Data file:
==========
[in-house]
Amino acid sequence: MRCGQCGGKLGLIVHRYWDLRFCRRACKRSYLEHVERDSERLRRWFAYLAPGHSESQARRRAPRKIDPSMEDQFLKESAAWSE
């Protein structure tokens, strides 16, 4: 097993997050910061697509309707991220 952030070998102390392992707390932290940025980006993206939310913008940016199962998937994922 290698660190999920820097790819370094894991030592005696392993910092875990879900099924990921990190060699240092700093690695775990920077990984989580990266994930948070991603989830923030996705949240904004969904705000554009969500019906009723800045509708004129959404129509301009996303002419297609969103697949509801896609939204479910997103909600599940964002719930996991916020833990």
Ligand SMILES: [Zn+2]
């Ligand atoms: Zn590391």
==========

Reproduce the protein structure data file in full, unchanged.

[in-house]
Amino acid sequence: MRCGQCGGKLGLIVHRYWDLRFCRRACKRSYLEHVERDSERLRRWFAYLAPGHSESQARRRAPRKIDPSMEDQFLKESAAWSE
């Protein structure tokens, strides 16, 4: 097993997050910061697509309707991220 952030070998102390392992707390932290940025980006993206939310913008940016199962998937994922 290698660190999920820097790819370094894991030592005696392993910092875990879900099924990921990190060699240092700093690695775990920077990984989580990266994930948070991603989830923030996705949240904004969904705000554009969500019906009723800045509708004129959404129509301009996303002419297609969103697949509801896609939204479910997103909600599940964002719930996991916020833990």
Ligand SMILES: [Zn+2]
């Ligand atoms: Zn590391």